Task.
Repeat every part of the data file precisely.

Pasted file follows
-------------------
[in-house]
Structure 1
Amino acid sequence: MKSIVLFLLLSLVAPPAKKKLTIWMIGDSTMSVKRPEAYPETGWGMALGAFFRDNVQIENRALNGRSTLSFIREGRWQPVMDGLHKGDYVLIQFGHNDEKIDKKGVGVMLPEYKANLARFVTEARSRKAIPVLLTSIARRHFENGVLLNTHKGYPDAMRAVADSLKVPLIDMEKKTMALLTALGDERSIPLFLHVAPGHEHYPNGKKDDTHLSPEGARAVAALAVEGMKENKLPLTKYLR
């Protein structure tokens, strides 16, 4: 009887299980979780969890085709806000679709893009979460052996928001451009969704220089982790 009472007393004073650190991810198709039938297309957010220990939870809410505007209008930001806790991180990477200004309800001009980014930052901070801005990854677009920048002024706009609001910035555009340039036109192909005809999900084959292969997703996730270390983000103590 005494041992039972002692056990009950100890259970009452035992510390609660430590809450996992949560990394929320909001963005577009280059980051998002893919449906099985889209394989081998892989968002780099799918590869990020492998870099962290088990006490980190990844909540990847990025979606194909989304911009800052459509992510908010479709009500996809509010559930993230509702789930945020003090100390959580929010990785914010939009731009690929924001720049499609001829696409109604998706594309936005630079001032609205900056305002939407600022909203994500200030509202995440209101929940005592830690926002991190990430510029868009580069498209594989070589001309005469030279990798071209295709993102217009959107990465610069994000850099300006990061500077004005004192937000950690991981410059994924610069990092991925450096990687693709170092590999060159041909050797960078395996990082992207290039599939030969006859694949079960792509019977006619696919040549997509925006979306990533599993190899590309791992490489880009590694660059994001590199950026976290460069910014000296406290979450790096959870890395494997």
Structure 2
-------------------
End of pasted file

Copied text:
[in-house]
Structure 1
Amino acid sequence: MKSIVLFLLLSLVAPPAKKKLTIWMIGDSTMSVKRPEAYPETGWGMALGAFFRDNVQIENRALNGRSTLSFIREGRWQPVMDGLHKGDYVLIQFGHNDEKIDKKGVGVMLPEYKANLARFVTEARSRKAIPVLLTSIARRHFENGVLLNTHKGYPDAMRAVADSLKVPLIDMEKKTMALLTALGDERSIPLFLHVAPGHEHYPNGKKDDTHLSPEGARAVAALAVEGMKENKLPLTKYLR
């Protein structure tokens, strides 16, 4: 009887299980979780969890085709806000679709893009979460052996928001451009969704220089982790 009472007393004073650190991810198709039938297309957010220990939870809410505007209008930001806790991180990477200004309800001009980014930052901070801005990854677009920048002024706009609001910035555009340039036109192909005809999900084959292969997703996730270390983000103590 005494041992039972002692056990009950100890259970009452035992510390609660430590809450996992949560990394929320909001963005577009280059980051998002893919449906099985889209394989081998892989968002780099799918590869990020492998870099962290088990006490980190990844909540990847990025979606194909989304911009800052459509992510908010479709009500996809509010559930993230509702789930945020003090100390959580929010990785914010939009731009690929924001720049499609001829696409109604998706594309936005630079001032609205900056305002939407600022909203994500200030509202995440209101929940005592830690926002991190990430510029868009580069498209594989070589001309005469030279990798071209295709993102217009959107990465610069994000850099300006990061500077004005004192937000950690991981410059994924610069990092991925450096990687693709170092590999060159041909050797960078395996990082992207290039599939030969006859694949079960792509019977006619696919040549997509925006979306990533599993190899590309791992490489880009590694660059994001590199950026976290460069910014000296406290979450790096959870890395494997």
Structure 2